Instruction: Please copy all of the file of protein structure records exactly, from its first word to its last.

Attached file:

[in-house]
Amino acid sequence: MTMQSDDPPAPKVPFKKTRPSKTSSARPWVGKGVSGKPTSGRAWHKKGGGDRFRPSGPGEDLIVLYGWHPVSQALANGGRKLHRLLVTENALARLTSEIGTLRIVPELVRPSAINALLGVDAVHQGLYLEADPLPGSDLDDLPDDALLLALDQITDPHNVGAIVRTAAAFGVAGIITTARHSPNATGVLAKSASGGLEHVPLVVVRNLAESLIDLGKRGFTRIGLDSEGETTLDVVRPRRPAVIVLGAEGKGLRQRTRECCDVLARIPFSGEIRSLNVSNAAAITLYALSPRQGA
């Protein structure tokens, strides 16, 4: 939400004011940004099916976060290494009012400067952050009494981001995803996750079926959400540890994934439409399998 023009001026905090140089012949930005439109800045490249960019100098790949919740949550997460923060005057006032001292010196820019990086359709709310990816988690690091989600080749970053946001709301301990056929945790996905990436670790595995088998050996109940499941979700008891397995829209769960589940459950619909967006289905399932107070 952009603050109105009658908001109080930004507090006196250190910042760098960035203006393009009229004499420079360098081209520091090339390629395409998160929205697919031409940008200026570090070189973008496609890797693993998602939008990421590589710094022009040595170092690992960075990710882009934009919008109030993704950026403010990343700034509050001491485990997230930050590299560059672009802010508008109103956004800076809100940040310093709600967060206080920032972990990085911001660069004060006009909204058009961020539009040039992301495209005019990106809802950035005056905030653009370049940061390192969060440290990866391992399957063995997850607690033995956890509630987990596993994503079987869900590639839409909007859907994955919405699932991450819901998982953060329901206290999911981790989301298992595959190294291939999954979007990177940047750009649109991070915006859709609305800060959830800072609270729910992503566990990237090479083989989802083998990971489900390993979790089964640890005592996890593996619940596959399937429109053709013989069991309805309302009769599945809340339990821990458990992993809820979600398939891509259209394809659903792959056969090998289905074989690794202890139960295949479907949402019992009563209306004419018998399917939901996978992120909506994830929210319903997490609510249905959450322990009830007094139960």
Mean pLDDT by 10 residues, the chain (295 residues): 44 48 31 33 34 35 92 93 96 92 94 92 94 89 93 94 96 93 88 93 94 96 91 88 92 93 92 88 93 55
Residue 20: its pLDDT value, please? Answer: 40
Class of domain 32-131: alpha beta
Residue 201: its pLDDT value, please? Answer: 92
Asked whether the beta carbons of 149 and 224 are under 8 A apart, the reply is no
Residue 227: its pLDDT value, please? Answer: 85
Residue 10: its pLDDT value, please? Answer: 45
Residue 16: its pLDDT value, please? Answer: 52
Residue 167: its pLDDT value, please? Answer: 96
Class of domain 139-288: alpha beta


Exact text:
[in-house]
Amino acid sequence: MTMQSDDPPAPKVPFKKTRPSKTSSARPWVGKGVSGKPTSGRAWHKKGGGDRFRPSGPGEDLIVLYGWHPVSQALANGGRKLHRLLVTENALARLTSEIGTLRIVPELVRPSAINALLGVDAVHQGLYLEADPLPGSDLDDLPDDALLLALDQITDPHNVGAIVRTAAAFGVAGIITTARHSPNATGVLAKSASGGLEHVPLVVVRNLAESLIDLGKRGFTRIGLDSEGETTLDVVRPRRPAVIVLGAEGKGLRQRTRECCDVLARIPFSGEIRSLNVSNAAAITLYALSPRQGA
């Protein structure tokens, strides 16, 4: 939400004011940004099916976060290494009012400067952050009494981001995803996750079926959400540890994934439409399998 023009001026905090140089012949930005439109800045490249960019100098790949919740949550997460923060005057006032001292010196820019990086359709709310990816988690690091989600080749970053946001709301301990056929945790996905990436670790595995088998050996109940499941979700008891397995829209769960589940459950619909967006289905399932107070 952009603050109105009658908001109080930004507090006196250190910042760098960035203006393009009229004499420079360098081209520091090339390629395409998160929205697919031409940008200026570090070189973008496609890797693993998602939008990421590589710094022009040595170092690992960075990710882009934009919008109030993704950026403010990343700034509050001491485990997230930050590299560059672009802010508008109103956004800076809100940040310093709600967060206080920032972990990085911001660069004060006009909204058009961020539009040039992301495209005019990106809802950035005056905030653009370049940061390192969060440290990866391992399957063995997850607690033995956890509630987990596993994503079987869900590639839409909007859907994955919405699932991450819901998982953060329901206290999911981790989301298992595959190294291939999954979007990177940047750009649109991070915006859709609305800060959830800072609270729910992503566990990237090479083989989802083998990971489900390993979790089964640890005592996890593996619940596959399937429109053709013989069991309805309302009769599945809340339990821990458990992993809820979600398939891509259209394809659903792959056969090998289905074989690794202890139960295949479907949402019992009563209306004419018998399917939901996978992120909506994830929210319903997490609510249905959450322990009830007094139960």
Mean pLDDT by 10 residues, the chain (295 residues): 44 48 31 33 34 35 92 93 96 92 94 92 94 89 93 94 96 93 88 93 94 96 91 88 92 93 92 88 93 55
Residue 20: its pLDDT value, please? Answer: 40
Class of domain 32-131: alpha beta
Residue 201: its pLDDT value, please? Answer: 92
Asked whether the beta carbons of 149 and 224 are under 8 A apart, the reply is no
Residue 227: its pLDDT value, please? Answer: 85
Residue 10: its pLDDT value, please? Answer: 45
Residue 16: its pLDDT value, please? Answer: 52
Residue 167: its pLDDT value, please? Answer: 96
Class of domain 139-288: alpha beta